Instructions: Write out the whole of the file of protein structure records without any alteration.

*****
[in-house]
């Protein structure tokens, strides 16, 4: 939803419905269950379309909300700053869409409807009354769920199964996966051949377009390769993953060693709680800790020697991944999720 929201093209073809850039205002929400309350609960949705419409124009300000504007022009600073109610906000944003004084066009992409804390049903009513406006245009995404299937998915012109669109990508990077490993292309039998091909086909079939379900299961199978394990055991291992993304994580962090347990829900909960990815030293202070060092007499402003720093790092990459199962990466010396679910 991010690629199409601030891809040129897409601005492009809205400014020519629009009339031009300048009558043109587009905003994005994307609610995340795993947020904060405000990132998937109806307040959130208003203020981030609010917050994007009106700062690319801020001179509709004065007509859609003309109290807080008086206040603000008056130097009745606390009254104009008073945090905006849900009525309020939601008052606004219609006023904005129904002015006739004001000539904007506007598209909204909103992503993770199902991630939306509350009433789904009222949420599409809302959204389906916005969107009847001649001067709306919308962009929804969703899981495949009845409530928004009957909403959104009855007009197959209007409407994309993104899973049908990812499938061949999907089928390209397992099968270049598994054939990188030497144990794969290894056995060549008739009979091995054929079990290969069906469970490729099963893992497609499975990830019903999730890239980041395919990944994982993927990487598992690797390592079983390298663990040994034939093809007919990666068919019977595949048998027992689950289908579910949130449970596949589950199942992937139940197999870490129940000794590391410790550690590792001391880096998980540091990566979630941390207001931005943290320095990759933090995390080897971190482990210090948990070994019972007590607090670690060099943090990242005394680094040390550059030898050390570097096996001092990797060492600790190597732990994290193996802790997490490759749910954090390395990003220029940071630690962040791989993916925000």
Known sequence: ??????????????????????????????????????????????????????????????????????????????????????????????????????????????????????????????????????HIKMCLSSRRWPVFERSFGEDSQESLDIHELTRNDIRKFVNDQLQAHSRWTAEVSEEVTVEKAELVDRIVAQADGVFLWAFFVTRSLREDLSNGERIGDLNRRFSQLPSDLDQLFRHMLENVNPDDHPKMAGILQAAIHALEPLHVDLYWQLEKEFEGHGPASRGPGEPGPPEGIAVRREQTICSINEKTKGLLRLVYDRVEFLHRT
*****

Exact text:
[in-house]
């Protein structure tokens, strides 16, 4: 939803419905269950379309909300700053869409409807009354769920199964996966051949377009390769993953060693709680800790020697991944999720 929201093209073809850039205002929400309350609960949705419409124009300000504007022009600073109610906000944003004084066009992409804390049903009513406006245009995404299937998915012109669109990508990077490993292309039998091909086909079939379900299961199978394990055991291992993304994580962090347990829900909960990815030293202070060092007499402003720093790092990459199962990466010396679910 991010690629199409601030891809040129897409601005492009809205400014020519629009009339031009300048009558043109587009905003994005994307609610995340795993947020904060405000990132998937109806307040959130208003203020981030609010917050994007009106700062690319801020001179509709004065007509859609003309109290807080008086206040603000008056130097009745606390009254104009008073945090905006849900009525309020939601008052606004219609006023904005129904002015006739004001000539904007506007598209909204909103992503993770199902991630939306509350009433789904009222949420599409809302959204389906916005969107009847001649001067709306919308962009929804969703899981495949009845409530928004009957909403959104009855007009197959209007409407994309993104899973049908990812499938061949999907089928390209397992099968270049598994054939990188030497144990794969290894056995060549008739009979091995054929079990290969069906469970490729099963893992497609499975990830019903999730890239980041395919990944994982993927990487598992690797390592079983390298663990040994034939093809007919990666068919019977595949048998027992689950289908579910949130449970596949589950199942992937139940197999870490129940000794590391410790550690590792001391880096998980540091990566979630941390207001931005943290320095990759933090995390080897971190482990210090948990070994019972007590607090670690060099943090990242005394680094040390550059030898050390570097096996001092990797060492600790190597732990994290193996802790997490490759749910954090390395990003220029940071630690962040791989993916925000």
Known sequence: ??????????????????????????????????????????????????????????????????????????????????????????????????????????????????????????????????????HIKMCLSSRRWPVFERSFGEDSQESLDIHELTRNDIRKFVNDQLQAHSRWTAEVSEEVTVEKAELVDRIVAQADGVFLWAFFVTRSLREDLSNGERIGDLNRRFSQLPSDLDQLFRHMLENVNPDDHPKMAGILQAAIHALEPLHVDLYWQLEKEFEGHGPASRGPGEPGPPEGIAVRREQTICSINEKTKGLLRLVYDRVEFLHRT